What to ask yourself before adopting a dog
October is Adopt-a-Dog Month and many local shelters and animal welfare organizations are holding special events this month to help find lonely cats, dogs, rabbits and other animals go (to a new) home for the holidays.
Every September Diana and I attend the Bay Area Pet Fair at the Marin Center in San Rafael, California. Since it started in 2011, nearly 5,000 pets have been adopted at the two-day fair, with a record-breaking 1,158 in 2015!
More than 60 rescues and shelters throughout northern California bring adoptable pets, and of course we want to adopt all of them. But adopting a dog (or anything else) should not be a snap decision, even when your heart really, really wants it. You need to plan for your pet fair “impulse” buy.
Now and forever
I’ve heard people bemoan that you can’t choose your family. But you can choose your dog, and doing some researching and soul searching can help you avoid ending up in a(nother) dysfunctional relationship. The majority of shelter dogs were put there because their last relationship didn’t work out — the owner chose the wrong dog and/or couldn’t afford to keep it. Unfairly, perhaps, pets have nowhere to leave people. Lucky for some of us.
A pet is a long-term relationship, and with good care it could be part of your life for a long time. Isn’t that the point — to love and be loved for as long as you both shall live?
Ask yourself a lot of questions. If you’re single, if may remind you of writing an online dating profile:
- What do you want in a life companion? What expectations do you have? What qualities are you looking for in a partner?
- How do you want to spend your time together? Do you want a lap dog, a guard dog, a buddy for outdoor adventures, or a playmate for your kids?
- What can your dog expect from you? What are you willing to give of yourself?
- All of which leads to the question: What breed should you get? Each has its own personality. Some are high maintenance, some low. Some are playful and good with children, others not. Some naturally hunt or herd. If you’re adopting a purebred, you can ask the breeder what kind of environment the dog was raised in (home, outdoors, kennel) and how it interacts with people and other pets.
- Who will care for the pet once it’s home? You? Your children? Who will make time for daily brushings, feedings and exercise?
- Money problems are a leading cause of human breakups. Don’t underestimate the cost of owning a dog beyond the adoption fee — it can and will cost anywhere from $500 a year (cheap) to several thousand. There’s food and shots and trips to the vet; some breeds are prone to particular health issues. If you travel often, there’s the cost of either traveling with your dog or finding a pet hotel or spa. See Resources below for some good articles about pet economics.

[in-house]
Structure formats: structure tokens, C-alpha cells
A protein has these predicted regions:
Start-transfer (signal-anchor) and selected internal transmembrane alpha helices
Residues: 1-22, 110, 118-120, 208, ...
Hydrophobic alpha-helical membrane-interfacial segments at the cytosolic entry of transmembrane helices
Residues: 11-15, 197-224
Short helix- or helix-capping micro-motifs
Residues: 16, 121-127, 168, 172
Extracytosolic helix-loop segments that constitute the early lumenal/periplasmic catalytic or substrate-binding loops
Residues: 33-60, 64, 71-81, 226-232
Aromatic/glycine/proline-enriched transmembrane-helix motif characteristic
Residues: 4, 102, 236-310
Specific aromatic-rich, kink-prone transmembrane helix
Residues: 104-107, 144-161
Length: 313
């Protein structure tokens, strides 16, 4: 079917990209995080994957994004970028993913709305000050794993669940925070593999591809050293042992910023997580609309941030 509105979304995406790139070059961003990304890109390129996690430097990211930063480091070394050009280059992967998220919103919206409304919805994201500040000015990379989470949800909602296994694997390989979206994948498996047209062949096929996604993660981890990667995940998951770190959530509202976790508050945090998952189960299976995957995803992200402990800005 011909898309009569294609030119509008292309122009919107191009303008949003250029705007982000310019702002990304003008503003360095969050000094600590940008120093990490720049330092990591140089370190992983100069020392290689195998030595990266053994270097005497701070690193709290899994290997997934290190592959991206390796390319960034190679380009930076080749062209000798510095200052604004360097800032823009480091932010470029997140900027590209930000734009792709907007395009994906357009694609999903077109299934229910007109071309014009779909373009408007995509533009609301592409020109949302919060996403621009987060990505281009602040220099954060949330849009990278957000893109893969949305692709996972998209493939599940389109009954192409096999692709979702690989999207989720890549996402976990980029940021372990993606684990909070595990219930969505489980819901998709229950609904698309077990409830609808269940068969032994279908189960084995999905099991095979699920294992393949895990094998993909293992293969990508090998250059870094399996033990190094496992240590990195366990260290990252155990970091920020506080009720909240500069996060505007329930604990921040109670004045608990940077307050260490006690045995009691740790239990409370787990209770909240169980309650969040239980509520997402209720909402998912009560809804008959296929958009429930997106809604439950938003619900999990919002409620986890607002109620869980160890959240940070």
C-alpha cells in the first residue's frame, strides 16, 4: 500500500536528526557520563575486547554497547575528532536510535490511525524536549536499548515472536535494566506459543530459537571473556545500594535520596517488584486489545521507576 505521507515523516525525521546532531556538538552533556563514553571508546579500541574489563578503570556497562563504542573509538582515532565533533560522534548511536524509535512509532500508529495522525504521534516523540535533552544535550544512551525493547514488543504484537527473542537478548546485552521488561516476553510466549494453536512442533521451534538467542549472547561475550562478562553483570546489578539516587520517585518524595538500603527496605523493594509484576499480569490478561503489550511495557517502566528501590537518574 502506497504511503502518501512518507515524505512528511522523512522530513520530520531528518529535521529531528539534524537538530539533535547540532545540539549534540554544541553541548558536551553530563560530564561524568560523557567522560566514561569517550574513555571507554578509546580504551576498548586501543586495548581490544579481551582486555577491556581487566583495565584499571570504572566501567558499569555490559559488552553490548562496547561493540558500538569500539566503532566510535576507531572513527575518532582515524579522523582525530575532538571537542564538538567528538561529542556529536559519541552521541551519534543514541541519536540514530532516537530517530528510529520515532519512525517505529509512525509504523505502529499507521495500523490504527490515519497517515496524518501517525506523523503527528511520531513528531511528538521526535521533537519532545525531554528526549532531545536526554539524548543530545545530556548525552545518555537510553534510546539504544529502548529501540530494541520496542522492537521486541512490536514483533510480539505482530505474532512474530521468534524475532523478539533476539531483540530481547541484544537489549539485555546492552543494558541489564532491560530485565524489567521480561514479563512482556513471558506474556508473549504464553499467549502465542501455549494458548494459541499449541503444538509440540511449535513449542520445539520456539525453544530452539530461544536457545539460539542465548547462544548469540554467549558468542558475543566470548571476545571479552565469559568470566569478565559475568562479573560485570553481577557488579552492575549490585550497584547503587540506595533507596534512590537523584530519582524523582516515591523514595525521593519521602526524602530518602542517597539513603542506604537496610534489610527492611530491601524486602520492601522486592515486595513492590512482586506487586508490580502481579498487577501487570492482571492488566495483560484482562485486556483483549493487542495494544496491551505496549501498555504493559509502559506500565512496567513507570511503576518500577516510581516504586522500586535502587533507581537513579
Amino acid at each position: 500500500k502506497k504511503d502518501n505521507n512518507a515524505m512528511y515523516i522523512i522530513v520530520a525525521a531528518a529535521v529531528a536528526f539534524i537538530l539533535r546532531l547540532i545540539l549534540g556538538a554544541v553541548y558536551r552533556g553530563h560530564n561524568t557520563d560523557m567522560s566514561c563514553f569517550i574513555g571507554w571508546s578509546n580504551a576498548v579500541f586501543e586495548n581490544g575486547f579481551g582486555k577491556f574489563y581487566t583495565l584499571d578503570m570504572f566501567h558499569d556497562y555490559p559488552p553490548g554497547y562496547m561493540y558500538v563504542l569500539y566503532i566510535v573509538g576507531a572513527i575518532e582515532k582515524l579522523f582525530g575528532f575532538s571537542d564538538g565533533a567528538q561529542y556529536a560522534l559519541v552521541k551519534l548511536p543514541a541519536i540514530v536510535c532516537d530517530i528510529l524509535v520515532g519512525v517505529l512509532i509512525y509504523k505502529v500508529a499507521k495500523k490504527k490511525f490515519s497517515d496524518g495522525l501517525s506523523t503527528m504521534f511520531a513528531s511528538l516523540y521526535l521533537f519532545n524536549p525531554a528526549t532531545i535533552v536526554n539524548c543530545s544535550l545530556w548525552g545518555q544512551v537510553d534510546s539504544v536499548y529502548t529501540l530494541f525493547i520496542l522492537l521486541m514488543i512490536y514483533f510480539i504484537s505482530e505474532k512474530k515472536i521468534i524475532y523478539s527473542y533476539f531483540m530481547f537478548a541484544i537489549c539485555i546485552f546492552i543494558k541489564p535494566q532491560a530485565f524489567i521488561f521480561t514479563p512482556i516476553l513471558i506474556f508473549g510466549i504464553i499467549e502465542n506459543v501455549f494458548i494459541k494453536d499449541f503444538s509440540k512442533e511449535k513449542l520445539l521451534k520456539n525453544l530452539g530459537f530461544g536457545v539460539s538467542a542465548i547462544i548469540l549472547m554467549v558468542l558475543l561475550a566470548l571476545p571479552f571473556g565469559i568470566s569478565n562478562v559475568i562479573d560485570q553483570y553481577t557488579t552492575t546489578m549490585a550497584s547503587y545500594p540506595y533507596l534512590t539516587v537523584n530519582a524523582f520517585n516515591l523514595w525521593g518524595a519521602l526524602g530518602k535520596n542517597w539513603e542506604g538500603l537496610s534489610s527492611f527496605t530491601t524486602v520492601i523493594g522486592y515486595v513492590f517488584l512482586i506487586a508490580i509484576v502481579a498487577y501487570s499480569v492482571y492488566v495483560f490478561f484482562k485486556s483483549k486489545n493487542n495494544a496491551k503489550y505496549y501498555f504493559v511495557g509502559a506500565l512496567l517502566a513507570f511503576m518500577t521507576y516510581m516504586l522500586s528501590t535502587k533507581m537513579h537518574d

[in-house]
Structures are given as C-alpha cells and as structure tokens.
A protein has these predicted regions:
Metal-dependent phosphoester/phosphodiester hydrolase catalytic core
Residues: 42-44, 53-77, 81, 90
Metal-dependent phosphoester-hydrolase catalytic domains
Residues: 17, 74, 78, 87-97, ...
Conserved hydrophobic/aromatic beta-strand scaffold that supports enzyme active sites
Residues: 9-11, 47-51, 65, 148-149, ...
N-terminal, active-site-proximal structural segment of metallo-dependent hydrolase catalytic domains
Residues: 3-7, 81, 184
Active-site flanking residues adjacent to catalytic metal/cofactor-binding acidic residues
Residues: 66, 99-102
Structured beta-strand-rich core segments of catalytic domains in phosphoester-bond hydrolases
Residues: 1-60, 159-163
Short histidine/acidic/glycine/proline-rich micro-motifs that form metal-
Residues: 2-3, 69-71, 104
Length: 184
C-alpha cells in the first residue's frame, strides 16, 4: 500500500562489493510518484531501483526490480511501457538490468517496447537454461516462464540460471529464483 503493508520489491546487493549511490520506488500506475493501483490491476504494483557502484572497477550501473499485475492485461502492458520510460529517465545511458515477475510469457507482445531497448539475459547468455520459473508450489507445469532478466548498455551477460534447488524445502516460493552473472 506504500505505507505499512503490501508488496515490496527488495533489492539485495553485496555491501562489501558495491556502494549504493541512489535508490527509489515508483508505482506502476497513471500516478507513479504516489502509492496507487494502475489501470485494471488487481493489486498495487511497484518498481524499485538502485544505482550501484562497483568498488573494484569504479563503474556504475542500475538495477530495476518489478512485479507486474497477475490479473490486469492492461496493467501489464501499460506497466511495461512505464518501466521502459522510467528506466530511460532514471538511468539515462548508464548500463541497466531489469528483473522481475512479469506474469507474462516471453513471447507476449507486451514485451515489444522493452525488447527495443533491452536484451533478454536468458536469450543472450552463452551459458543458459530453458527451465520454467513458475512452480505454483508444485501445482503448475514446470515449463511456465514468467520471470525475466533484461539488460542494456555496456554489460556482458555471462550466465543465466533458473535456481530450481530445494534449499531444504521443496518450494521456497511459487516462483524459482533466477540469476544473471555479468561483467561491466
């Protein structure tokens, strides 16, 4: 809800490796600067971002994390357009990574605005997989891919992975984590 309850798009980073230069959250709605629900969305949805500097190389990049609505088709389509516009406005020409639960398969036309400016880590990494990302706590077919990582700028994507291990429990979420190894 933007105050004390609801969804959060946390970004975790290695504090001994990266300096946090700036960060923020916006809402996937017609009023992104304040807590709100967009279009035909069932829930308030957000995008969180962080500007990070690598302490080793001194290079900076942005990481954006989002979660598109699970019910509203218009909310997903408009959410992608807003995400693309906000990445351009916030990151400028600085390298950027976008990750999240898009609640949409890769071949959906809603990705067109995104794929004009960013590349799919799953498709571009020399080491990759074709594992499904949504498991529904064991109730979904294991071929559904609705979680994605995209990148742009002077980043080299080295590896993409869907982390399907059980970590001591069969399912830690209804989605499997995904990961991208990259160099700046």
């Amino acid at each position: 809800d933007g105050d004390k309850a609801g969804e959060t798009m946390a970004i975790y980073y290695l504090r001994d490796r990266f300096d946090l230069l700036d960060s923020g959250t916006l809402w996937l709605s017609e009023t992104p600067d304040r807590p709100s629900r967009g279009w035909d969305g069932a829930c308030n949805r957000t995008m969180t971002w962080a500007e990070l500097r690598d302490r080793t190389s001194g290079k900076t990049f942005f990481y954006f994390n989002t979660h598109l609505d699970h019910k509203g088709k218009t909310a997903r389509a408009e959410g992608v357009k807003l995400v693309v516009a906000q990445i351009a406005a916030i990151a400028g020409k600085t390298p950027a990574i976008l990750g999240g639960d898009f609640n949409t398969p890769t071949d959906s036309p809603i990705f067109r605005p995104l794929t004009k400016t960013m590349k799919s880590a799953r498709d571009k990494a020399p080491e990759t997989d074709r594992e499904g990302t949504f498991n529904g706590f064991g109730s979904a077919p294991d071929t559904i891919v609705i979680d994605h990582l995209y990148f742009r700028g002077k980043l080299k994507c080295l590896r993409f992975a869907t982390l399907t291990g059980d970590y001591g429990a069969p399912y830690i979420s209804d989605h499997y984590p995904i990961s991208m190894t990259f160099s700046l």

- Don’t expect to recreate a relationship you had with a dog in your youth or childhood. You’re grown up now and it’s a different dog. Your high school boy/girlfriend has found someone else.
Adopting a dog will bring new people into your life too. One of the best ways to learn about your future dog-mate is to network (in person or online) with others who own the breed of dog you’re considering. You can get good advice about breeders this way too. In the end, you’ll have lots of new friends with the same breed who share your passion.
Consider finding a good veterinarian before adopting, or at least looking for one. You’ll have a relationship with your vet as long as you have one with the dog, so choose that relationship carefully too.
With human and canine alike, of course you want to avoid mistakes, but adopting a dog is much more than that. Like with online dating, you have an opportunity to take your time and find the one who’s really right for you.
• American Kennel Club: “Top 10 Questions to Ask When Getting a Dog From a Shelter”
A good place to start your research and networking. The AKC provides extensive information about breeds and clubs along with a plethora of resources for dog owners.
Search for any kind of pet, from dogs and cats to barnyard animals to things with scales and fins. You can search by breed, age, gender, size and other criteria, like whether your home already has dogs, cats or children.
Another good resource and searchable database of adoption pets, backed by the “passionate pet lovers” at Purina.
• Kiplinger: “9 Costs Every Dog Owner Should Budget for”
• Investopedia: “The Economics of Pet Ownership”
• PetEducation: “Cost of Owning a Dog”